What is a business continuity plan?

Want to take bets on what’s next for 2020? 

My money’s on aliens. 

Between the COVID-19 pandemic, a global economic downturn, massive protests over racial injustice, presidential impeachment proceedings, the Australian wildfires, and the appearance of murder hornets—yes, murder hornets—on American soil, the last six months have been one of the most turbulent periods in modern history. And we still have half a year to go before 2020 is over. 

Honestly, an extraterrestrial encounter doesn’t seem out of the question at this point.

Whatever the future holds, it’s imperative for your business to think ahead and prepare for the unexpected. Your organization will survive—and perhaps even thrive—in any situation if you take certain precautions now. I’m talking about implementing a business continuity plan.

A what now?

A business continuity plan (sometimes shortened to “BCP”) is exactly what it sounds like: a strategy for ensuring your organization remains operational. Companies of all sizes use business continuity plans to minimize the impact of emergencies and unexpected events on their supply chains, processes, people, and customers. 

A business continuity plan is how a restaurant chain like Waffle House is able to stay open in the midst of hurricane season, or how a company like Amazon realigns its logistics to manage supply and demand in a pandemic

But business continuity plans aren’t just for national and multinational brands. Disasters affect small businesses, too—with perhaps even more dire consequences. In fact, according to the Small Business Administration, approximately 9 out of 10 companies fail within two years of being struck by a disaster.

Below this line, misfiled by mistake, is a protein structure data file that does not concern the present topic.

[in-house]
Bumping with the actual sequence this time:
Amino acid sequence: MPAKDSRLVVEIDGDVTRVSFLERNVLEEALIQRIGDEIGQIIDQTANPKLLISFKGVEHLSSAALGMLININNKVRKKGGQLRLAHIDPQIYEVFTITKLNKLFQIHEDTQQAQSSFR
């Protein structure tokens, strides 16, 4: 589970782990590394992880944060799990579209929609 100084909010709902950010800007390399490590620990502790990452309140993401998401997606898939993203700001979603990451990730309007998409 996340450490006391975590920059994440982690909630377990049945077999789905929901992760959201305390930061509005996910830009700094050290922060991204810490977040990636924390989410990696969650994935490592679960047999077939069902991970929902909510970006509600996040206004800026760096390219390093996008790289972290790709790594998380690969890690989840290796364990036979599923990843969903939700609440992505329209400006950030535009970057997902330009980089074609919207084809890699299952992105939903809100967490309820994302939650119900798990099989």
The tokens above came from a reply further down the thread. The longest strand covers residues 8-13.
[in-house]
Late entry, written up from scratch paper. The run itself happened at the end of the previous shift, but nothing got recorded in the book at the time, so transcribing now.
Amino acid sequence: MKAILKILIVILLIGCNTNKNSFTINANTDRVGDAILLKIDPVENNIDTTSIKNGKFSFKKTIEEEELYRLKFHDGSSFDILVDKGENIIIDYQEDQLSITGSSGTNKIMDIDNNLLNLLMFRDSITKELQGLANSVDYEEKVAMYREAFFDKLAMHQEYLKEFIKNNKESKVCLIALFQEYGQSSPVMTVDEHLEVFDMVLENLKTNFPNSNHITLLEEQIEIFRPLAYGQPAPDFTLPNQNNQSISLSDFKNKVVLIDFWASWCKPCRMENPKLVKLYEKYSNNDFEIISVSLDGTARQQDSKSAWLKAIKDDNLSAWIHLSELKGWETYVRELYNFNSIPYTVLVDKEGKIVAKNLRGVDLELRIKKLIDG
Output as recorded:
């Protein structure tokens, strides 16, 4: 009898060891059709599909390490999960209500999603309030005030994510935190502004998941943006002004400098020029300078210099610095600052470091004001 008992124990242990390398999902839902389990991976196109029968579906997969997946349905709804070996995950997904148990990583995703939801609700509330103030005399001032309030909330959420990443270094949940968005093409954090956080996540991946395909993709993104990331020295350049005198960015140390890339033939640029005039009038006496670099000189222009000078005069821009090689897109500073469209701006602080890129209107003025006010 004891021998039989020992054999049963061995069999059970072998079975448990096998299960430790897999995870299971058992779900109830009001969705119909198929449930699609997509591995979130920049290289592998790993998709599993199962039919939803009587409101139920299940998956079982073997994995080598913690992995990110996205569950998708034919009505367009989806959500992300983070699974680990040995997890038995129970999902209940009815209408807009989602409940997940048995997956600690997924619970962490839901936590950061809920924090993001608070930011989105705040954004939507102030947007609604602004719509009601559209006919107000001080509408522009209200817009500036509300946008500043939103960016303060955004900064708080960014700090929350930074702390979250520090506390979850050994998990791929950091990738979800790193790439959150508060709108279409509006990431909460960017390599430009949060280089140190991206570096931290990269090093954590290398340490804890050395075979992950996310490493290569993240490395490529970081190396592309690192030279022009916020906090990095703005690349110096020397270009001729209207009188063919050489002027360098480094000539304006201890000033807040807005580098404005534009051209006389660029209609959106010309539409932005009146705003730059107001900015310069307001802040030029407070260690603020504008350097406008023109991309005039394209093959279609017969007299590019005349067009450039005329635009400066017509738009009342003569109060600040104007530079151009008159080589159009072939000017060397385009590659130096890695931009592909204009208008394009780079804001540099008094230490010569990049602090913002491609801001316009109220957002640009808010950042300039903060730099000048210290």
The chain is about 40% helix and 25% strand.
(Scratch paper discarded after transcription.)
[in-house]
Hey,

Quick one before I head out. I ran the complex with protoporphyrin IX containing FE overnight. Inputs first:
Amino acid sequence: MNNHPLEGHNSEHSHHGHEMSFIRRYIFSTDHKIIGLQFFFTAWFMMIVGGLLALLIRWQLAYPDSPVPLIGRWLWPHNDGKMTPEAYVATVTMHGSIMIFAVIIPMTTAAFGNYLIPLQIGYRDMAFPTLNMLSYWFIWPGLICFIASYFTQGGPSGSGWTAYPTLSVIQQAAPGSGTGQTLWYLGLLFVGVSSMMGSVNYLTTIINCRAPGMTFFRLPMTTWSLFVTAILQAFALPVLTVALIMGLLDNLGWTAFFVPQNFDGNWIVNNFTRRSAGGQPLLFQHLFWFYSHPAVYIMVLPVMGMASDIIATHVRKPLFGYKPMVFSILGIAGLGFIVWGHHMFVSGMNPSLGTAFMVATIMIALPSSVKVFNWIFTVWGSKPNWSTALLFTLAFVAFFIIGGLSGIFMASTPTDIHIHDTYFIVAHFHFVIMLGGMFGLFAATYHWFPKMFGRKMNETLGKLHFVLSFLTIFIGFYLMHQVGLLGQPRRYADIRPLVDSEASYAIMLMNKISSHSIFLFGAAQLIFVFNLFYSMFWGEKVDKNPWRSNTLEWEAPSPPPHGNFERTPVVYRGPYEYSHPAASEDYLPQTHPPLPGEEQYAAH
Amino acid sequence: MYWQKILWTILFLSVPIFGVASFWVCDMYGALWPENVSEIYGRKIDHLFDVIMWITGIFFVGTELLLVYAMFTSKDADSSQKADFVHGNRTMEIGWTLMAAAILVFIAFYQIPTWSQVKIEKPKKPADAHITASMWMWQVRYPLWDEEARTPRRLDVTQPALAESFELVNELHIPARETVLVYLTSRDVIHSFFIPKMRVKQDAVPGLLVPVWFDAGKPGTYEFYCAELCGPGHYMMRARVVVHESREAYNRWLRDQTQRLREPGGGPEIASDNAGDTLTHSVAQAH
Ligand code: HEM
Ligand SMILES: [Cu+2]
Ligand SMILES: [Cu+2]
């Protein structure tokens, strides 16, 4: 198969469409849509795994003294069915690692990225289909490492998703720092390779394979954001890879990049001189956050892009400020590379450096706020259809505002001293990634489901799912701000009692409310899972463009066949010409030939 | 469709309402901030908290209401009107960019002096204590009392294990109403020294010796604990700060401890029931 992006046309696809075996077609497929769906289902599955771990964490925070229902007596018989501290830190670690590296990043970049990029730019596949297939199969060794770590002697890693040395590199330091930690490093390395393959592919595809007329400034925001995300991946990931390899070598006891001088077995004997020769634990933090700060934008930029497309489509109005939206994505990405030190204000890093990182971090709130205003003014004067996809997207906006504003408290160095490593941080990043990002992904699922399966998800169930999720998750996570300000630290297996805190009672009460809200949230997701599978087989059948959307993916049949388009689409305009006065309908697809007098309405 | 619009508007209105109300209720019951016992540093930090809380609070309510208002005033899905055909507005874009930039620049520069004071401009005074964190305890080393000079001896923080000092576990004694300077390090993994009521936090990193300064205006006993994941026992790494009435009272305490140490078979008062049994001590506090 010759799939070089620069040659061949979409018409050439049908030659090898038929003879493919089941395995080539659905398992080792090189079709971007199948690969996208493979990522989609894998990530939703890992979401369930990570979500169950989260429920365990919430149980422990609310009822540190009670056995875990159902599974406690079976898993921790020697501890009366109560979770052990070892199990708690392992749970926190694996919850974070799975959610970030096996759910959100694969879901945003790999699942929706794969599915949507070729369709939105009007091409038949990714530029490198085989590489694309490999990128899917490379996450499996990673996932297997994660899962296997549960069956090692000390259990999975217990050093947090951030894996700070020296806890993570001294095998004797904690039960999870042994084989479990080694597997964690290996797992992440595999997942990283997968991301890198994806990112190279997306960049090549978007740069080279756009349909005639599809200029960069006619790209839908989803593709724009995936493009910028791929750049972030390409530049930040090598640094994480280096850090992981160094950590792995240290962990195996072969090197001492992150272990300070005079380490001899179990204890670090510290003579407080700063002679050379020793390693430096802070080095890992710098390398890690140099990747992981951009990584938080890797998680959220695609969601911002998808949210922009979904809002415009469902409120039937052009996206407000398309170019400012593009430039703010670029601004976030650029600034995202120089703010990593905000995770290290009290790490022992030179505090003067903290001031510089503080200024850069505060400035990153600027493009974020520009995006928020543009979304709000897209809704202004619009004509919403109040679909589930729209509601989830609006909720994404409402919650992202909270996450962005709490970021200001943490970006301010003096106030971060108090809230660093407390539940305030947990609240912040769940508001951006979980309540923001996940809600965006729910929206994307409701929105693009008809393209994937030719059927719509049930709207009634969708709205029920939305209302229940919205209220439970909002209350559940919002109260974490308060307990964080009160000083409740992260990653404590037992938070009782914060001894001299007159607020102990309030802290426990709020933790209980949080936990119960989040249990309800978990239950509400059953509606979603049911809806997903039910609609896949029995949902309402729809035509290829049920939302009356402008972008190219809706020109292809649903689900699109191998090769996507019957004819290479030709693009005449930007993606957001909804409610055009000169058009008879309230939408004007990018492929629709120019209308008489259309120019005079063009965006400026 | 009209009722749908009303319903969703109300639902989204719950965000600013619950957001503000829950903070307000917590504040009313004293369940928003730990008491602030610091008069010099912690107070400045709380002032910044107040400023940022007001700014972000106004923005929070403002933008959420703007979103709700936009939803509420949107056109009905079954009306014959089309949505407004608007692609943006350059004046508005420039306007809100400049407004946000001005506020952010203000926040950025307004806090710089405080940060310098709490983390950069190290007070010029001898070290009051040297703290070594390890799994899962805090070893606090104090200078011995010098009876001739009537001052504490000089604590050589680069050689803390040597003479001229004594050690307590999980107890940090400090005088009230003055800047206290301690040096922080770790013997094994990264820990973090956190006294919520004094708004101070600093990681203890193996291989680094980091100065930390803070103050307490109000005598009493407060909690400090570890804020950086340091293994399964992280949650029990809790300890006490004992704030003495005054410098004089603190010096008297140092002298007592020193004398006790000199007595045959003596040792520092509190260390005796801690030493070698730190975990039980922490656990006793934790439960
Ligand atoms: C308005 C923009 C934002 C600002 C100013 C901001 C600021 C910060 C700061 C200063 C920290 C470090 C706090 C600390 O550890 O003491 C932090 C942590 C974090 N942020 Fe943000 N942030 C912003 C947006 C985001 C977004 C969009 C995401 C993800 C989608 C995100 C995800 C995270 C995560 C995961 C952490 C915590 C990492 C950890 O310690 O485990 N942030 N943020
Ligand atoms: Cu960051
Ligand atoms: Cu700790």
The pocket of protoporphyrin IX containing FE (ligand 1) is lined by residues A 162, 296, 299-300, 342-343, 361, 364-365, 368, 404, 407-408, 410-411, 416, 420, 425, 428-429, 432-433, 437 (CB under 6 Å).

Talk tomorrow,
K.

I bring up that terrifying number because too many businesses have been ignoring reality and simply hoping for the best. In early March 2020, when the coronavirus was still primarily confined to Wuhan, China, most organizations didn’t have emergency protocols in place. Perhaps they realized the importance of business continuity planning, but just didn’t consider it a priority at the time. 

I’m guessing those organizations now wish they had done things differently. If you want to avoid the fate so many companies have suffered, you need to think like Waffle House and Amazon and develop a business continuity plan ahead of the next crisis. Establish your framework for survival now—your future self will thank you.

How does a business continuity plan work?

A business continuity plan is more than an intention or a series of mental notes. It’s a detailed, written document that outlines what your team needs to do before, during, and after a significant disruption. 

Every business continuity plan is different, just as every business is different. That said, the best business continuity plans tend to have a few things in common

  • They emphasize employee safety. The physical and mental well-being of people is always the first priority.
  • They establish flexible infrastructures. The goal is to develop ways of doing business that work in practically any set of circumstances.
  • They don’t rely on any single human or piece of technology. Instead, they account for multiple backup systems and support roles, and include several contingency plans if the primary strategy isn’t feasible.

Whatever form it takes, a good business continuity plan contains the following:

1. An assessment of potential disruptions to the business. Floods, earthquakes, wildfires, power outages, public health emergencies, security breaches, incidents of workplace violence—your business continuity plan should cover them all, with different strategies and procedures laid out as necessary.

2. A catalog of all systems and assets the business needs to preserve to stay operational. Your essential systems may include your accounting, workforce management, sales, and fulfillment processes, as well as any technology you need to facilitate those processes. Your essential assets might include legal and financial documents, data, equipment, and/or intellectual property.